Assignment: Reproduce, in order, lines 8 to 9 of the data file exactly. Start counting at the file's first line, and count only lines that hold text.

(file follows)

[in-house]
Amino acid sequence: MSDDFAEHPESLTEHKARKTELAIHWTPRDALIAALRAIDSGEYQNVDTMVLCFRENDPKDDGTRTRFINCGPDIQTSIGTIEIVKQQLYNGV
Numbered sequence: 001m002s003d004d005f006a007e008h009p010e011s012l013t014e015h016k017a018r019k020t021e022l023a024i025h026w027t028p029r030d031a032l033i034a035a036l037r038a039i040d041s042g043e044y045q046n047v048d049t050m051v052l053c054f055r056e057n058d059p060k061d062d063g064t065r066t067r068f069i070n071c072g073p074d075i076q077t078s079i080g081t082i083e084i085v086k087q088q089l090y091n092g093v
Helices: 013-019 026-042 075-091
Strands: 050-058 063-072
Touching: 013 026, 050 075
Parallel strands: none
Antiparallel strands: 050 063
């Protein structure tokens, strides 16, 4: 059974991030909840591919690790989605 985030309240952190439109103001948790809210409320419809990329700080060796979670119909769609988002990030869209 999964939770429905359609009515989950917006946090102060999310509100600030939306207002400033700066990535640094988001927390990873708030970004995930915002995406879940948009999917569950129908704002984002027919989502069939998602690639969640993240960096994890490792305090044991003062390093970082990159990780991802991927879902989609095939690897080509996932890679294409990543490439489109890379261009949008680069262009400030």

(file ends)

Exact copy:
Antiparallel strands: 050 063
């Protein structure tokens, strides 16, 4: 059974991030909840591919690790989605 985030309240952190439109103001948790809210409320419809990329700080060796979670119909769609988002990030869209 999964939770429905359609009515989950917006946090102060999310509100600030939306207002400033700066990535640094988001927390990873708030970004995930915002995406879940948009999917569950129908704002984002027919989502069939998602690639969640993240960096994890490792305090044991003062390093970082990159990780991802991927879902989609095939690897080509996932890679294409990543490439489109890379261009949008680069262009400030």